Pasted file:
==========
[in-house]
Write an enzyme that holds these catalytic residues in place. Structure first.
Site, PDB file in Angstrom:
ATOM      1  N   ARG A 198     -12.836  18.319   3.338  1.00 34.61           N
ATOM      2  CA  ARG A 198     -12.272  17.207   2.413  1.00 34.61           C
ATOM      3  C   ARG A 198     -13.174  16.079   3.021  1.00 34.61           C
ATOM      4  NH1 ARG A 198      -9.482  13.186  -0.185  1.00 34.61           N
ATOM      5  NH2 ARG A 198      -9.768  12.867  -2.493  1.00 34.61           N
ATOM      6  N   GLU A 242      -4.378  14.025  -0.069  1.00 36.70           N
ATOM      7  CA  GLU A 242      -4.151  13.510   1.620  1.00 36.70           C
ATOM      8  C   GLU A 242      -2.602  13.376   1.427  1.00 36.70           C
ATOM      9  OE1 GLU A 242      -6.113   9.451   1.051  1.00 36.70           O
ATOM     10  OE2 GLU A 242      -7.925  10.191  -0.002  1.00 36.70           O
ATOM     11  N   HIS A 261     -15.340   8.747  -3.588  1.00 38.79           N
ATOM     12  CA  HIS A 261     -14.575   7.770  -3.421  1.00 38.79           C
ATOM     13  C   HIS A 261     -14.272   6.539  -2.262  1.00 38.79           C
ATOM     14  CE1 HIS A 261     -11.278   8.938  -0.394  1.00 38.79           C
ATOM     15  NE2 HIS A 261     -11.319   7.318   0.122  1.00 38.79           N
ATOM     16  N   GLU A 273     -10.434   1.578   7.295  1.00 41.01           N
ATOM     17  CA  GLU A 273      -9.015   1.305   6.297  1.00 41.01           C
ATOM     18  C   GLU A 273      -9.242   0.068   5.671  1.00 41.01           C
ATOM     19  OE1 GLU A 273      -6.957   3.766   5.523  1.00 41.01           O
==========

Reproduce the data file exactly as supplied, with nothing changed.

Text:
[in-house]
Write an enzyme that holds these catalytic residues in place. Structure first.
Site, PDB file in Angstrom:
ATOM      1  N   ARG A 198     -12.836  18.319   3.338  1.00 34.61           N
ATOM      2  CA  ARG A 198     -12.272  17.207   2.413  1.00 34.61           C
ATOM      3  C   ARG A 198     -13.174  16.079   3.021  1.00 34.61           C
ATOM      4  NH1 ARG A 198      -9.482  13.186  -0.185  1.00 34.61           N
ATOM      5  NH2 ARG A 198      -9.768  12.867  -2.493  1.00 34.61           N
ATOM      6  N   GLU A 242      -4.378  14.025  -0.069  1.00 36.70           N
ATOM      7  CA  GLU A 242      -4.151  13.510   1.620  1.00 36.70           C
ATOM      8  C   GLU A 242      -2.602  13.376   1.427  1.00 36.70           C
ATOM      9  OE1 GLU A 242      -6.113   9.451   1.051  1.00 36.70           O
ATOM     10  OE2 GLU A 242      -7.925  10.191  -0.002  1.00 36.70           O
ATOM     11  N   HIS A 261     -15.340   8.747  -3.588  1.00 38.79           N
ATOM     12  CA  HIS A 261     -14.575   7.770  -3.421  1.00 38.79           C
ATOM     13  C   HIS A 261     -14.272   6.539  -2.262  1.00 38.79           C
ATOM     14  CE1 HIS A 261     -11.278   8.938  -0.394  1.00 38.79           C
ATOM     15  NE2 HIS A 261     -11.319   7.318   0.122  1.00 38.79           N
ATOM     16  N   GLU A 273     -10.434   1.578   7.295  1.00 41.01           N
ATOM     17  CA  GLU A 273      -9.015   1.305   6.297  1.00 41.01           C
ATOM     18  C   GLU A 273      -9.242   0.068   5.671  1.00 41.01           C
ATOM     19  OE1 GLU A 273      -6.957   3.766   5.523  1.00 41.01           O